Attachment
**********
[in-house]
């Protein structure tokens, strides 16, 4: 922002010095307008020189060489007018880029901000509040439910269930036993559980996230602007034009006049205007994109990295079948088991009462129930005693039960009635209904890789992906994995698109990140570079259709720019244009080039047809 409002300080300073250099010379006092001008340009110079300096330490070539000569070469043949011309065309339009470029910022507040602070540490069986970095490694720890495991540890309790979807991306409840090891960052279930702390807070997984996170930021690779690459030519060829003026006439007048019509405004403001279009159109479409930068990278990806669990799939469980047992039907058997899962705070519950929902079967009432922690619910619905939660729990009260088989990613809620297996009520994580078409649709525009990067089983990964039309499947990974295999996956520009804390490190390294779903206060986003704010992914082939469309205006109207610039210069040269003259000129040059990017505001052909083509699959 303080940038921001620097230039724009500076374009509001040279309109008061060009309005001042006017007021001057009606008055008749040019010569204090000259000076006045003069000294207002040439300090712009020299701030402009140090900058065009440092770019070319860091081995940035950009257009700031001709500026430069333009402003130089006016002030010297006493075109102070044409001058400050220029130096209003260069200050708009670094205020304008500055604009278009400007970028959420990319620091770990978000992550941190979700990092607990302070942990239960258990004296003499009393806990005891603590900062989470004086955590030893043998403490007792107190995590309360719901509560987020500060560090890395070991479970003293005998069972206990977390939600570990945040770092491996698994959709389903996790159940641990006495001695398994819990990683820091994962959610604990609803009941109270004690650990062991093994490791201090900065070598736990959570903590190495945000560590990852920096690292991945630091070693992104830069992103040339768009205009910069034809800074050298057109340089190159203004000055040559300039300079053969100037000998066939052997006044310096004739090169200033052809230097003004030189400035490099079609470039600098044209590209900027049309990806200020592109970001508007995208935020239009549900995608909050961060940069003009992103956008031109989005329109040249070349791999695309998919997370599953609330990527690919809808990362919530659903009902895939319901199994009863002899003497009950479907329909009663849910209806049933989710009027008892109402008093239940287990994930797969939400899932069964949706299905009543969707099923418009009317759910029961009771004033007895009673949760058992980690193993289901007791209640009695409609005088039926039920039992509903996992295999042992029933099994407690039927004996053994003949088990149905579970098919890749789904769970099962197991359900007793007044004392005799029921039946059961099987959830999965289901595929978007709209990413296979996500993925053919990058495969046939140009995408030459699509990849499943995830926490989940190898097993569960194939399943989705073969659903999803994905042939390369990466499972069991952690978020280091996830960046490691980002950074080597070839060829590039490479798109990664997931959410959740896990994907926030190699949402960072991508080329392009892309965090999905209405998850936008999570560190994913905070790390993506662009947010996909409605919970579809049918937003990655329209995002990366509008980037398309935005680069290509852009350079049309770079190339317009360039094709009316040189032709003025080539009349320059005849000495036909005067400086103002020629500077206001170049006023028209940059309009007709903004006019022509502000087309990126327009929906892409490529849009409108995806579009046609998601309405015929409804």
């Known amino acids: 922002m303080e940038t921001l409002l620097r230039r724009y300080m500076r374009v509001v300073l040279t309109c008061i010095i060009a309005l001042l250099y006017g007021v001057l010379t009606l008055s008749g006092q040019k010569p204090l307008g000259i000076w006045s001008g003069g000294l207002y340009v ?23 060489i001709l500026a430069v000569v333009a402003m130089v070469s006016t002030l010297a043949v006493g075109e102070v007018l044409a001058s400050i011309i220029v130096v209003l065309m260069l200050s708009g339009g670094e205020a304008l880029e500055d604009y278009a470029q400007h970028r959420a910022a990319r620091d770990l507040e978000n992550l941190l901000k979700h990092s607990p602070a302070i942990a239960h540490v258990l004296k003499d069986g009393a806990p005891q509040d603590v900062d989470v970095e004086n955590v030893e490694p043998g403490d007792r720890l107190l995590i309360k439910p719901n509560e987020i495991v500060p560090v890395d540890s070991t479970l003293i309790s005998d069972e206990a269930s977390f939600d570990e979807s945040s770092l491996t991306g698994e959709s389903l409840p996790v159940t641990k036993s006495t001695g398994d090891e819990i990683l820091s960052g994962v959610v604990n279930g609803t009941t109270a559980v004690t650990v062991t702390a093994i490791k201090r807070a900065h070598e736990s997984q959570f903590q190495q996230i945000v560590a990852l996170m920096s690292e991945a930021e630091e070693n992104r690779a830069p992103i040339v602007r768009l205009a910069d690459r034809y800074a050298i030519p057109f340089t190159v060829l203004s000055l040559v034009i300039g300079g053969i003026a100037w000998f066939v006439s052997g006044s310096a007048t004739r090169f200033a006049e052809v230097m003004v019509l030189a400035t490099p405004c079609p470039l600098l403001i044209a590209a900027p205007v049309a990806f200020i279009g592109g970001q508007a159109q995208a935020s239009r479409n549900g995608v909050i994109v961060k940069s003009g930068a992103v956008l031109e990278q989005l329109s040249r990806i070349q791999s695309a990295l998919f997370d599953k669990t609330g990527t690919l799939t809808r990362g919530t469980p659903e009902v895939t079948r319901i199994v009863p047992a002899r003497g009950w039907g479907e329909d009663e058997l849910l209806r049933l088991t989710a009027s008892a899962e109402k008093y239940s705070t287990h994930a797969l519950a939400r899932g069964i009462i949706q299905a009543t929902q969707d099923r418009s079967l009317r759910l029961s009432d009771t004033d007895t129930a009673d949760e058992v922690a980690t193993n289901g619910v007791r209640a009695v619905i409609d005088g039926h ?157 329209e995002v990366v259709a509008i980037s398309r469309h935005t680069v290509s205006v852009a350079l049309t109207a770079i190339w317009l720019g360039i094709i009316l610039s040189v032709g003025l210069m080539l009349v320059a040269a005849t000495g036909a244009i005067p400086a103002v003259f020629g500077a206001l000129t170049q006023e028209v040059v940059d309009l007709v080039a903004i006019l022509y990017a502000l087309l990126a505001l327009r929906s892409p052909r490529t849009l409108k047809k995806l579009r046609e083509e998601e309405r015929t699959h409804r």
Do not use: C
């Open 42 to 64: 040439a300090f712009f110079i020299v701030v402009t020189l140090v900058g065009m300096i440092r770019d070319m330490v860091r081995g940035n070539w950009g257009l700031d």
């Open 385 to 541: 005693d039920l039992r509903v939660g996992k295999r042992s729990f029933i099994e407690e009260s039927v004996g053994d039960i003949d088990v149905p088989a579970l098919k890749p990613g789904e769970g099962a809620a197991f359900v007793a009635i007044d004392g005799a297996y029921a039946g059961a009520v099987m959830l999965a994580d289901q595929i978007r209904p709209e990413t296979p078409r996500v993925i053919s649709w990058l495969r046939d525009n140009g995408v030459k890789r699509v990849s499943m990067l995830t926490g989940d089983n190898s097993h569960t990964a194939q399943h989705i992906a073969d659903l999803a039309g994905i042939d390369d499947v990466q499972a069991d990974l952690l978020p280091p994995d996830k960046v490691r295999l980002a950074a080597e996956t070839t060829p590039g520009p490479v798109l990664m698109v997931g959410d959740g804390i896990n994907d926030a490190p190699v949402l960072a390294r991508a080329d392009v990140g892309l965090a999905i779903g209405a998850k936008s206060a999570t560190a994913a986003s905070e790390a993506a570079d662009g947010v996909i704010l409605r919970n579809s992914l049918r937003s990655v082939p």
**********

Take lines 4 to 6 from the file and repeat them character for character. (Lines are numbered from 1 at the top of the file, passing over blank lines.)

Do not use: C
């Open 42 to 64: 040439a300090f712009f110079i020299v701030v402009t020189l140090v900058g065009m300096i440092r770019d070319m330490v860091r081995g940035n070539w950009g257009l700031d």
């Open 385 to 541: 005693d039920l039992r509903v939660g996992k295999r042992s729990f029933i099994e407690e009260s039927v004996g053994d039960i003949d088990v149905p088989a579970l098919k890749p990613g789904e769970g099962a809620a197991f359900v007793a009635i007044d004392g005799a297996y029921a039946g059961a009520v099987m959830l999965a994580d289901q595929i978007r209904p709209e990413t296979p078409r996500v993925i053919s649709w990058l495969r046939d525009n140009g995408v030459k890789r699509v990849s499943m990067l995830t926490g989940d089983n190898s097993h569960t990964a194939q399943h989705i992906a073969d659903l999803a039309g994905i042939d390369d499947v990466q499972a069991d990974l952690l978020p280091p994995d996830k960046v490691r295999l980002a950074a080597e996956t070839t060829p590039g520009p490479v798109l990664m698109v997931g959410d959740g804390i896990n994907d926030a490190p190699v949402l960072a390294r991508a080329d392009v990140g892309l965090a999905i779903g209405a998850k936008s206060a999570t560190a994913a986003s905070e790390a993506a570079d662009g947010v996909i704010l409605r919970n579809s992914l049918r937003s990655v082939p």